alcoholism. Following his death in 1905, Susan became vocal about alcohol on reservations, advocating for its prohibition. All the while, Susan created controversy by supporting the Peyote movement (the use of peyote in Native rituals and traditions). As a medical doctor, her stance put her against numerous of her colleagues. But she also advocated for better conditions on reservations and against the stealing and selling of the land. She also made it a point to show that she could oversee her husband’s estate just as much as a male relative.

 

 

 

Susan was a force to be reckoned with. She used her medical background to teach and educate her people on the importance of hygiene and disease prevention, eventually opening a hospital on the Omaha reservation town of Walthill, Nebraska. She brought the missing care of her childhood to her people. I would describe Susan as a kick ass woman! I am sorry but she rocked. She did not bow down to the traditional roles and stereotypes of the white world. She showed the world she could do more and she did. She stood up for what she believed in and became a role model. She showed the world what a woman can do. She was caring, strong, determined and nurturing. And I can identify a lot with that. I am not the traditional woman. Some say I am stubborn but I say I am determined. I have ambition and I am not satisfied with doing the strict minimum. I speak up when I feel I need to, call people on their bullshit while being caring and nurturing. I have a feeling Susan and I would have gotten along very well. 🙂

Susan LaFlesche Picotte-1889

Susan LaFlesche Picotte-1889

What do you all think about Susan LaFlesche Picotte? Are you finding her to be an inspiration too?

All my Relations

 

32 thoughts on “Susan LaFlesche Picotte: One heck of a role model

  1. Garry W Barnhardt

    I enjoyed the information on this wonderful woman, i would like to know how much the book cost in American monies. Thank you for posting this.

    Reply
  2. Camille

    I am inspired by such a strong woman. What a courageous woman of her time. She must have faced so many setbacks in that era but never let anything truly get in her way! Thank you for sharing such a great story.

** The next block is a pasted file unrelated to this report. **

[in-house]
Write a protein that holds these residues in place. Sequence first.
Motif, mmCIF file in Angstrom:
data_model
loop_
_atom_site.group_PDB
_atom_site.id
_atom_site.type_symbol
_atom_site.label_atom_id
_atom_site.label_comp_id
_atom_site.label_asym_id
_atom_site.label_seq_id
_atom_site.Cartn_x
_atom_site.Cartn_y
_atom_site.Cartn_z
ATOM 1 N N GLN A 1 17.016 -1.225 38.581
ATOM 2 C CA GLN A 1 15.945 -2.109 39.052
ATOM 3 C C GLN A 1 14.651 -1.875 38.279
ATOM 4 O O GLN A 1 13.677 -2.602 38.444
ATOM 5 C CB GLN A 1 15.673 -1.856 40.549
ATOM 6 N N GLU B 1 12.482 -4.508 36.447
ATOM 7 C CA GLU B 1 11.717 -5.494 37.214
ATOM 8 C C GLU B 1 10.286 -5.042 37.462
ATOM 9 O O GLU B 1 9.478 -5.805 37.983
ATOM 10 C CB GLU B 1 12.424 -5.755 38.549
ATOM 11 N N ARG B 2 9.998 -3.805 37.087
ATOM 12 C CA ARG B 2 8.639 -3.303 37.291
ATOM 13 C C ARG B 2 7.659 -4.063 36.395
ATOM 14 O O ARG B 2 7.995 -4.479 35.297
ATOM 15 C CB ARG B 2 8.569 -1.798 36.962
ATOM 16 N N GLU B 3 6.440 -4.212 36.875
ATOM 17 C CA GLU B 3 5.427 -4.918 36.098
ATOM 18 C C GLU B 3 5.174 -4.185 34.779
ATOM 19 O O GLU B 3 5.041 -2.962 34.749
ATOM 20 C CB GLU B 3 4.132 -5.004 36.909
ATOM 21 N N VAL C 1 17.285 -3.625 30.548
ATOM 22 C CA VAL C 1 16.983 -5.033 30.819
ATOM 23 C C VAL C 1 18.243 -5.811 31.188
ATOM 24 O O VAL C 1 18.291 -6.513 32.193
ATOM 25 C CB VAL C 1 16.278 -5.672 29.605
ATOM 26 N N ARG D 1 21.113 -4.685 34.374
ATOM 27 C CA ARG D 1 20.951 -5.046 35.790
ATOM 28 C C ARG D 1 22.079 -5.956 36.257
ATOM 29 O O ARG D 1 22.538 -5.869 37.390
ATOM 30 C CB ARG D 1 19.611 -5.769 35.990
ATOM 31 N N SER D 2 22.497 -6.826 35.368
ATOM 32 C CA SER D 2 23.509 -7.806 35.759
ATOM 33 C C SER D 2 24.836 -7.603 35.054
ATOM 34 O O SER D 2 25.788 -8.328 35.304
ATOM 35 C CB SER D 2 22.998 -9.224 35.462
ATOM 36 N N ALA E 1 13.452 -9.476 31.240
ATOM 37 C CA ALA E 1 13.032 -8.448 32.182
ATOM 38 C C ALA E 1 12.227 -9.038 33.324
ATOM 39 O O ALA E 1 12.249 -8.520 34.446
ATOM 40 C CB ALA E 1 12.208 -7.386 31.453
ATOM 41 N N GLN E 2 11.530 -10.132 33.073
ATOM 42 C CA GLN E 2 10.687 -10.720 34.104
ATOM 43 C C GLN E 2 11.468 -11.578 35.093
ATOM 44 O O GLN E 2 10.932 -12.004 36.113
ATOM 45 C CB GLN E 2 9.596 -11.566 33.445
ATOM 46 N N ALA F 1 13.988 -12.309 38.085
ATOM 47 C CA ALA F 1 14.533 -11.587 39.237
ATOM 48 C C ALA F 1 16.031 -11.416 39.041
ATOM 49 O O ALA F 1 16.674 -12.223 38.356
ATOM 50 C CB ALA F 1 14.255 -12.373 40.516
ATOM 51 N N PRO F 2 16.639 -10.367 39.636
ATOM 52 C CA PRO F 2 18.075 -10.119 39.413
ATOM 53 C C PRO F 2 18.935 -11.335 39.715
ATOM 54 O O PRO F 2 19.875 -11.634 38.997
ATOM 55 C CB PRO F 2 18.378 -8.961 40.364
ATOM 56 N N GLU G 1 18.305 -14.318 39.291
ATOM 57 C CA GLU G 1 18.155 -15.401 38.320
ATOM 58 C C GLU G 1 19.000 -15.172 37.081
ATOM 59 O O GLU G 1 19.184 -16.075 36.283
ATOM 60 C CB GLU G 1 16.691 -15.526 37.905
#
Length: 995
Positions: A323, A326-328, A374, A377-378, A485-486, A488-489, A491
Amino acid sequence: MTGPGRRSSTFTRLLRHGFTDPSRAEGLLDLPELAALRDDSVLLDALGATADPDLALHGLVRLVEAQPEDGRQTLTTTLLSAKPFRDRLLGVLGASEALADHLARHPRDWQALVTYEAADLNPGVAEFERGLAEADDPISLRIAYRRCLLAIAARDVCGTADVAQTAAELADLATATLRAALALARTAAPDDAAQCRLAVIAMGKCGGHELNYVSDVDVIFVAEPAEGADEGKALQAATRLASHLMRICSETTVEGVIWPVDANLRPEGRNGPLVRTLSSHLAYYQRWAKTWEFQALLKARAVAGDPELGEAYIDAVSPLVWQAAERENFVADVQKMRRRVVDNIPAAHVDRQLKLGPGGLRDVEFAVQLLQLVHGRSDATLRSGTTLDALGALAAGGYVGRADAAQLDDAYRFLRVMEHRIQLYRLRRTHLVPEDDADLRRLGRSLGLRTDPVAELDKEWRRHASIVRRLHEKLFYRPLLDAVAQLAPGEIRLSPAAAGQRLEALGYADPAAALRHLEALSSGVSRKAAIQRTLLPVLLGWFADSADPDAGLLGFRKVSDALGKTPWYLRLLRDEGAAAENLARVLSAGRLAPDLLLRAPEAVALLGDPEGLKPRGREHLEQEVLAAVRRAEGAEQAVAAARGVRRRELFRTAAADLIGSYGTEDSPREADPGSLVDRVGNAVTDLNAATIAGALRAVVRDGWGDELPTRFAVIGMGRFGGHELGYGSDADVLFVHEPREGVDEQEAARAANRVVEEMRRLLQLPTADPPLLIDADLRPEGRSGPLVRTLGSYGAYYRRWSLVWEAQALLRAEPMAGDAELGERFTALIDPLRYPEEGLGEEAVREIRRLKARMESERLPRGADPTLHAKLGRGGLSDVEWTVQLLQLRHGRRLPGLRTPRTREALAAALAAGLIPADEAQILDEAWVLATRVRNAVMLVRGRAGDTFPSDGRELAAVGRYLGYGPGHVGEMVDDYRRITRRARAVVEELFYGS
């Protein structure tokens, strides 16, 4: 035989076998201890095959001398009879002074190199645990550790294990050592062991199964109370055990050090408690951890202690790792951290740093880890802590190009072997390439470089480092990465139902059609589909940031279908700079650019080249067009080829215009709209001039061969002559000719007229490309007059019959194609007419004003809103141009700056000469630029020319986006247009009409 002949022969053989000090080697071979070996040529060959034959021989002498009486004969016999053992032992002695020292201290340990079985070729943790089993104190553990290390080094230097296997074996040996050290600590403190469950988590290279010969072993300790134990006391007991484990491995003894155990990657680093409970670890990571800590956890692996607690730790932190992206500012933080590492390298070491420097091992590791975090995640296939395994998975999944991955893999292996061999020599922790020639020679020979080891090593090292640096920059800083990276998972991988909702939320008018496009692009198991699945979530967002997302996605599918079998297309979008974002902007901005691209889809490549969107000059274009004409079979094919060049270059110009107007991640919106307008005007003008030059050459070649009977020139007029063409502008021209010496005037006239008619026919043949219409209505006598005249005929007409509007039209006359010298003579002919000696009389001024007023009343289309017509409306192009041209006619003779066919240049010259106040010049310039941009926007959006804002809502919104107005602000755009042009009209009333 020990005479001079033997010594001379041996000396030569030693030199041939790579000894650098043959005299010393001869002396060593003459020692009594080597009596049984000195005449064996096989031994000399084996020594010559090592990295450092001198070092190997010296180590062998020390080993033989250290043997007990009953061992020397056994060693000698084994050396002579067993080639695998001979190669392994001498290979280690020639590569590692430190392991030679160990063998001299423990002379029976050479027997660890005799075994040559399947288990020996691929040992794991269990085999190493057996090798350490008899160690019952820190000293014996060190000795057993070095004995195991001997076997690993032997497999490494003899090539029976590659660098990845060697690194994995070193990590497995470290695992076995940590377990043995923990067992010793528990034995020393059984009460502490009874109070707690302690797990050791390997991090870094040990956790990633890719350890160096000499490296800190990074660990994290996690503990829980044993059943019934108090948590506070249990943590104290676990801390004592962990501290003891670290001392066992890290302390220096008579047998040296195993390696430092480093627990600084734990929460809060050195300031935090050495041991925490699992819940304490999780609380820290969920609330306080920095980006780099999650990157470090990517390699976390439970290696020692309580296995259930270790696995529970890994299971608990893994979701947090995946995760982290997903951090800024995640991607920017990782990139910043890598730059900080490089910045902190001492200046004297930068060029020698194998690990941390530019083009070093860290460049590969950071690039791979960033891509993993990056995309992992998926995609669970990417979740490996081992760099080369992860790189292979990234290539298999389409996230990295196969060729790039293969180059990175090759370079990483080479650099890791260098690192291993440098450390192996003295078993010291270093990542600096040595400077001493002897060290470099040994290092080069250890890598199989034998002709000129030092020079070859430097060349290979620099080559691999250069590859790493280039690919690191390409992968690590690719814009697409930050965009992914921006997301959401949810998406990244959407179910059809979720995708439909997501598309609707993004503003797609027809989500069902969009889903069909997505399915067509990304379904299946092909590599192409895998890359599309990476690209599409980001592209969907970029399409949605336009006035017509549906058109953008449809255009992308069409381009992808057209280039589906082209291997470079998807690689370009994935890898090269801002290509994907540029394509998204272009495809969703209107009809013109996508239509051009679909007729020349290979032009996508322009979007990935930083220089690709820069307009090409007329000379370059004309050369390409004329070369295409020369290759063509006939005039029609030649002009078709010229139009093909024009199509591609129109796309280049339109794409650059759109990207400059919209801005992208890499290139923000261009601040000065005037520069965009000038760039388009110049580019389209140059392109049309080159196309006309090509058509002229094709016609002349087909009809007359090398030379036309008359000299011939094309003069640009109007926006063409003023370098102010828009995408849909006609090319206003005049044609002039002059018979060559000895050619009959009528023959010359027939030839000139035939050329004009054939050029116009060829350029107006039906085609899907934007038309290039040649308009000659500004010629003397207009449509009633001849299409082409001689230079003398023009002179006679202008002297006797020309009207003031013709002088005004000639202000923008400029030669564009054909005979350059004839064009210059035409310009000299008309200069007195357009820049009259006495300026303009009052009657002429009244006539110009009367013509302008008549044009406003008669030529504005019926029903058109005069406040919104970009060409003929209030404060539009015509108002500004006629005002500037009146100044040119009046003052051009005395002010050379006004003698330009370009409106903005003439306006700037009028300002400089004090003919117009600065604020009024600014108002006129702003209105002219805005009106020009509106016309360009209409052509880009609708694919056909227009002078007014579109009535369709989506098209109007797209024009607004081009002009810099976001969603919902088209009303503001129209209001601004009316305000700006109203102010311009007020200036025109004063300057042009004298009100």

Reply
  3. William Wise

    Very interesting. It is good to know a lil history about those less talked about. Thanx for taking the time to share this with us. I’m looking forward to future posts on many other historic people from Native American history.

    Reply
    1. Emily Post author

      thanks William!
      Susan LaFleshe Picotte is unfortunately not as known as she should be but hopefully more people will now know how great she was 🙂

      Reply
  4. edy

    Hey Emily!
    As usual, you have such a great passion on writing historical post.
    It is sometime very refreshing to read other people story back in time. There are so much to learn and take note.
    This lady namely Susan LaFlesche-Picotte has a fascinating role. I can tell that she is a caring person because of her teaching to people on the importance of hygiene and disease prevention. Look forward to read the book for more cool information. 🙂

    Reply
    1. Emily Post author

      hi Edy
      thanks for visiting! She was a caring and strong woman, one I identify with a lot. A great role model who faced adversity head on 🙂

      Reply
  5. Chris

    Hey Emily,
    very inspiring article.
    I can’t imagine the obstacles and tribulations that Susan must of faced in becoming the first native women physician.
    Her parents must have recognized the importance of an education in this new white man’s world as things were changing so much.
    She sounds like an incredible woman who devoted her life to helping others.
    Very inspiring,
    thanks Chris.

    Reply
    1. Emily Post author

      hi Chris!
      I can only imagine what Susan would have faced in terms of obstacles. But they would have been significant. Her parents did want her and and her siblings to be expose to both worlds, which probably allowed her to take the route she ended up taking.

      Reply
  6. Lynne

    Wow, what a woman!
    She certainly achieved a lot in her life. I’ve never hard of Susan Picotte before, but so glad I read this article and learned about her.

    Reply
  7. gloria eagle

    I am very impressed by doctor Picotte. She was a great spirit. We can all learn from her. She acted against unbelievable obstacles and won against the odds. You know, the obstacles Dr. Picotte had to face then, are as bad as the obstacles a woman has to face nowadays, if she wants to become chief of her tribe. The men would shred her to pieces! She must have received help from Mescalitos, the spirit of Peyotee. Her achievements under the circumstances were beyond ordinary huna capacity. We cannot expect the average person to be able to overcome such great obstacles. But, yes, Dr. Picotte should be remembered.